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'Notes on a Scandal' by Zoë Heller (Penguin, £2.60)
A murky tale of middle-class scandal from Zoë Heller.
The new Transformers movie includes the Moon landing, while Captain America and the X-Men meet Nazis. Kaleem Aftab says that directors are behaving irresponsibly
Rosie Huntington-Whiteley will never turn to the "dark side".
BBC Films, the Corporation's film-making arm, is to make a movie inspired by Harper Lee's To Kill a Mockingbird, starring Cillian Murphy. It will transfer the story's setting from the 1930s American Deep South to contemporary England's industrial northeast.
Fair enough, GI Joe is a noisy, frenetic, CGI-laden blockbuster that exists to advertise a range of paramilitary toys, but compared to its peers (ie, the dreaded Transformers movies) it’s orchestrated with tremendous skill.
Without wishing to overstate the case, Transformers: Revenge of the Fallen is the pretentious, nonsensical, sexist, jingoistic, militaristic, CGI-dependent, product- placement-packed, hectically edited, punishingly loud, wearyingly long, eye-wateringly expensive and phenomenally profitable exemplar of everything that is most repulsive about Hollywood today.
Sony's adventure blockbuster 'Uncharted 2: Among Thieves' has seized a leading eight nominations for this year's Video Game Awards, Spike TV announced.
David Lean's Nostromo? Michael Powell's The Tempest? As Brighton's Cine City film festival celebrates the best movies that never made it to the screen, Emma Love explores why some projects just don't get finished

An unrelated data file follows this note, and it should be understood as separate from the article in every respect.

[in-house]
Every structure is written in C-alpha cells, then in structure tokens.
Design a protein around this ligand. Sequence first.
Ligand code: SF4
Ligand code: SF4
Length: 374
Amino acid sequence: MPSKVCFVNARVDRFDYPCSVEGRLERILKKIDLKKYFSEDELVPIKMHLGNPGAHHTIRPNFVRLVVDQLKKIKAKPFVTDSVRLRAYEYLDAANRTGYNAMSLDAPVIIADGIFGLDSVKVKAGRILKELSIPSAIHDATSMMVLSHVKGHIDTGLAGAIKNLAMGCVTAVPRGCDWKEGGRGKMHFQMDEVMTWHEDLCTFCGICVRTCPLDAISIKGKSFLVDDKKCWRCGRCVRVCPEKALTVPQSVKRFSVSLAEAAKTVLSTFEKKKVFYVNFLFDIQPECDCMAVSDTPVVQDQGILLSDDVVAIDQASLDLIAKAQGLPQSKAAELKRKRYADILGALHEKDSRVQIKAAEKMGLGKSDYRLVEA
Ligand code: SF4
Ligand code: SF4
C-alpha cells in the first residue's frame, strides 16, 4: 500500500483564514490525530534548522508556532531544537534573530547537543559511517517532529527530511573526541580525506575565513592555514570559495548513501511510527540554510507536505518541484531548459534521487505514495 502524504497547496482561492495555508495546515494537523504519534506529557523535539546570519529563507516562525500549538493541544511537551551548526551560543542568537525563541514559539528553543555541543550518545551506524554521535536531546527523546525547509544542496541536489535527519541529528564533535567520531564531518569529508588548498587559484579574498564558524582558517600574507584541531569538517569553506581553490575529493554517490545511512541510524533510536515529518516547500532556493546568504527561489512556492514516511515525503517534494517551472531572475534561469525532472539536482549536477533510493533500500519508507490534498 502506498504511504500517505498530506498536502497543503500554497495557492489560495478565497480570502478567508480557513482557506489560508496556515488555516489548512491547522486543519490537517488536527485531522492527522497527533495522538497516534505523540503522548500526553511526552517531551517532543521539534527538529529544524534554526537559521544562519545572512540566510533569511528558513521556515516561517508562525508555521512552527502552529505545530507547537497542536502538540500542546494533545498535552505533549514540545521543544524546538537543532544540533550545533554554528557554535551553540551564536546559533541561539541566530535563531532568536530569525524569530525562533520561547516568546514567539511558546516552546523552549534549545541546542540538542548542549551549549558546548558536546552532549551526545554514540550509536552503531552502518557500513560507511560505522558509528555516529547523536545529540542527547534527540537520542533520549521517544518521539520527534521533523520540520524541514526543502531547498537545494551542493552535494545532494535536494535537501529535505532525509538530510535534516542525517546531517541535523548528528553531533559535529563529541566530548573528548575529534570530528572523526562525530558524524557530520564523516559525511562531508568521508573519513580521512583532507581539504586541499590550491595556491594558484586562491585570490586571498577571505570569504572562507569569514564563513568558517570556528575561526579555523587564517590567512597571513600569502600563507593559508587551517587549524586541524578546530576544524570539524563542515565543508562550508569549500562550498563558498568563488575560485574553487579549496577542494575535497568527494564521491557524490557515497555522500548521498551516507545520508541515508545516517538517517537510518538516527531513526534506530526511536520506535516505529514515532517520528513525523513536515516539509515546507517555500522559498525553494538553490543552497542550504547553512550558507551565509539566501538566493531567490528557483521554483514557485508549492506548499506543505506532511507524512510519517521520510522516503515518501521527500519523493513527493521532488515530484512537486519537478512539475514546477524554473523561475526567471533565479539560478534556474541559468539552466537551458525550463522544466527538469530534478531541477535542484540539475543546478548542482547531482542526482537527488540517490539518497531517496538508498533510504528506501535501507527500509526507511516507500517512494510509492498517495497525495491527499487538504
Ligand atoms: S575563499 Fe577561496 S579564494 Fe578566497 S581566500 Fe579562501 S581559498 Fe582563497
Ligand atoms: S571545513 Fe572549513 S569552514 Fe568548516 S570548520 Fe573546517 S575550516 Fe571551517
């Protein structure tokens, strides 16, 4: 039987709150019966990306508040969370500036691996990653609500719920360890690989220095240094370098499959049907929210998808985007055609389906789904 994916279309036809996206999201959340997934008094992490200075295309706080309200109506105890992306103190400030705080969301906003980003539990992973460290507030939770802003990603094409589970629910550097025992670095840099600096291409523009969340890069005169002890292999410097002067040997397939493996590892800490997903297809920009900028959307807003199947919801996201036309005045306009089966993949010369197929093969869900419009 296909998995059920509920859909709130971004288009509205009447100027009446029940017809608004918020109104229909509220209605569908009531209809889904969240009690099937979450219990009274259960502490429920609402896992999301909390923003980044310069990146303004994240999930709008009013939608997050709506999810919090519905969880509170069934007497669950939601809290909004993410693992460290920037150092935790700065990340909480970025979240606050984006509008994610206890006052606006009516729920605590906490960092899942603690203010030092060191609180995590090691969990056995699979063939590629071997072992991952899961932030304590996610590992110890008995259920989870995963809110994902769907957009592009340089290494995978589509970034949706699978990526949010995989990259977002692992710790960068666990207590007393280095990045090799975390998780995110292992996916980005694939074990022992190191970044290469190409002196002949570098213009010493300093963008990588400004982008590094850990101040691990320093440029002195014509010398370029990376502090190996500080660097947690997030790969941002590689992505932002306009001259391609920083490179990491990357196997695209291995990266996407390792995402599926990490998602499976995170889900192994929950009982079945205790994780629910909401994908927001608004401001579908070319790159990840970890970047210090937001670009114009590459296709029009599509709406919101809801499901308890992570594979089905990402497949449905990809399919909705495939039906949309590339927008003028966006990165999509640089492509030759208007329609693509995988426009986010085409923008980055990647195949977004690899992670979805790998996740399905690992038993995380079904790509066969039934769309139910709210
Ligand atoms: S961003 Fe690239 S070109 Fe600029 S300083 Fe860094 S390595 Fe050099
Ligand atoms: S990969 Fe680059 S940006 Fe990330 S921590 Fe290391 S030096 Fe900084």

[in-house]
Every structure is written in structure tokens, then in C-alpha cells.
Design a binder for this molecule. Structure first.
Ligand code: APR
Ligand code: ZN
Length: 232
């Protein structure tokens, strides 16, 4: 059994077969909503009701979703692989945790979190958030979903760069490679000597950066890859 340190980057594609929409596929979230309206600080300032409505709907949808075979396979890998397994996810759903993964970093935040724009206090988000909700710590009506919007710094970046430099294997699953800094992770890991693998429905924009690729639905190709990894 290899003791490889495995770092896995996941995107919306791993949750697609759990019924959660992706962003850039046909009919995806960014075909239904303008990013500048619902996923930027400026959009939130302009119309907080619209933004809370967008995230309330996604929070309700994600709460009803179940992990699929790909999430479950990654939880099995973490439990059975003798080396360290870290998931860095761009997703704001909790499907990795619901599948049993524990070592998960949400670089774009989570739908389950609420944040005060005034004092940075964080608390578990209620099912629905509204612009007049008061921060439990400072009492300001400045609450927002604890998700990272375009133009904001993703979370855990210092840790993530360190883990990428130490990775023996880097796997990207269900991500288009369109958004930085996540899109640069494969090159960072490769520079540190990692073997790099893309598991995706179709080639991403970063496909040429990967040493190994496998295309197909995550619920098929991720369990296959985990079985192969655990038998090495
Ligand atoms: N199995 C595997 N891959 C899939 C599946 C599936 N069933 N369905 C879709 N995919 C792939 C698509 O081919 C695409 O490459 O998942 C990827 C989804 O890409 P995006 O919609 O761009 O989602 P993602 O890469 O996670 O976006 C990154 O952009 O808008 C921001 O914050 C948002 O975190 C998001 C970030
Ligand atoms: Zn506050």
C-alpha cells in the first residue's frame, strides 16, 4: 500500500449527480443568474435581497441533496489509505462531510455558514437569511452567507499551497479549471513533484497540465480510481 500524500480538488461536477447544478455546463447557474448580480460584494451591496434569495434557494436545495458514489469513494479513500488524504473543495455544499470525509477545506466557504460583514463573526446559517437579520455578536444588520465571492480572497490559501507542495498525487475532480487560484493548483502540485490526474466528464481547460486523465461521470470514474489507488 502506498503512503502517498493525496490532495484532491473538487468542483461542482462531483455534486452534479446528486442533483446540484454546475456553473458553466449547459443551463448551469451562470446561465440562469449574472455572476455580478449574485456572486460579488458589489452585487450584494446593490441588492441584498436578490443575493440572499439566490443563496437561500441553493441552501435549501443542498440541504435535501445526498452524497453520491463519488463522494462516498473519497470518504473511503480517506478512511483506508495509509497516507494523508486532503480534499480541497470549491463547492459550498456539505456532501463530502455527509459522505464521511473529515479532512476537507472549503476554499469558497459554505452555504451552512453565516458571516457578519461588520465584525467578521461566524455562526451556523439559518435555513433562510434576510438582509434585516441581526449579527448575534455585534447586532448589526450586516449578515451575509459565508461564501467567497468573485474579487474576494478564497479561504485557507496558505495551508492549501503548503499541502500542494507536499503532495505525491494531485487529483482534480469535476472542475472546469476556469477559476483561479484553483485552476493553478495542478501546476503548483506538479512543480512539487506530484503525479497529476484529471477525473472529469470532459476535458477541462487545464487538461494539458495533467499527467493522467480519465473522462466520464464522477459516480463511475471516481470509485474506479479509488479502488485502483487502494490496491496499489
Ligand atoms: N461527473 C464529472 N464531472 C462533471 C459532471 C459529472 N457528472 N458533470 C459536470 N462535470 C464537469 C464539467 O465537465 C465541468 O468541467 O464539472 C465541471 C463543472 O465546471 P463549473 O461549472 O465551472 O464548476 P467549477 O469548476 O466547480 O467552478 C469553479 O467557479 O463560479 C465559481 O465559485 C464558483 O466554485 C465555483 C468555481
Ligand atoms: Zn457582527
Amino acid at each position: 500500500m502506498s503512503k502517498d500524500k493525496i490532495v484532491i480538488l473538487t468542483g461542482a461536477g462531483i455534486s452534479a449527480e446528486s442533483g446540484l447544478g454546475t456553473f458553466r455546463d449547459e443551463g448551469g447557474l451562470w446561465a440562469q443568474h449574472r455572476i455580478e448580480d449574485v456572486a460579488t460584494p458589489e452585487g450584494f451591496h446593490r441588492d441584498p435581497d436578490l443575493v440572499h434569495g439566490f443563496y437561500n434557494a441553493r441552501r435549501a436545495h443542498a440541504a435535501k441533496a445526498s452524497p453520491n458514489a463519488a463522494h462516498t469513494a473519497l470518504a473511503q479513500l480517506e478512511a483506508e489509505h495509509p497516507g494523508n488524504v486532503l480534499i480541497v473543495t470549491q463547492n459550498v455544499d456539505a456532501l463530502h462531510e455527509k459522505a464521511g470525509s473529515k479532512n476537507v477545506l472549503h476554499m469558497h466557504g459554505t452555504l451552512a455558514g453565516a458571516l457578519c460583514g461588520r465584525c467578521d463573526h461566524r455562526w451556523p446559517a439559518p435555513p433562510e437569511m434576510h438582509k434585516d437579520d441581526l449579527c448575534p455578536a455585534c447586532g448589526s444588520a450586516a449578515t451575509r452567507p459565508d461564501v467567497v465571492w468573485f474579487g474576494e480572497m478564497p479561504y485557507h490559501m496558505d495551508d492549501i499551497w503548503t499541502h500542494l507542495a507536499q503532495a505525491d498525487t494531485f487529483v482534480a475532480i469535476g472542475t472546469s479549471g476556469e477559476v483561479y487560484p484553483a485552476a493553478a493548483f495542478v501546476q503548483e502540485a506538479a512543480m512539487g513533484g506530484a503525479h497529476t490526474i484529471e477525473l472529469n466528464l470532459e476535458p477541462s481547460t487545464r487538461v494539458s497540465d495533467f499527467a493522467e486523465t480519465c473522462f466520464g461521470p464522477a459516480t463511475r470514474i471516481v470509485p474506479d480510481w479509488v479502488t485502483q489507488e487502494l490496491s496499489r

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Shia LaBeouf says a third Transformers film would be "darker" than the first two movies.
There are supermodels – and there is Gisele Bündchen. How did the girl from Brazil become the biggest star in fashion history? Harriet Walker unzips her extraordinary career
Andy is young and healthy – yet he’s never experienced physical desire. And there are thousands more like him. Olly Bootle meets the asexuals
Indiana Jones and the tangled plot: The updated version of the bullet-proof hero is back, looking a little weary but now resistant to nuclear attack
The jokes have been wearily predictable. The news that Harrison Ford is to return to the silver screen as Indiana Jones, some 18 years after what was billed as his Last Crusade, has prompted a deluge of dodgy ageist puns. The 66-year-old star is ironically rebranded as Indefatigable Jones, and the film, variously, as Raiders of the Lost Memories, The Saviour of a Lost Art, and The Temple of Zimmer. Then there are all the inevitable gags about whips being swapped for hips, as in replacement.
He has starred in a few turkeys, but it hasn't done his acting career (or wallet) any harm. Keanu Reeves talks to Lesley O'Toole about love, loss – and gun control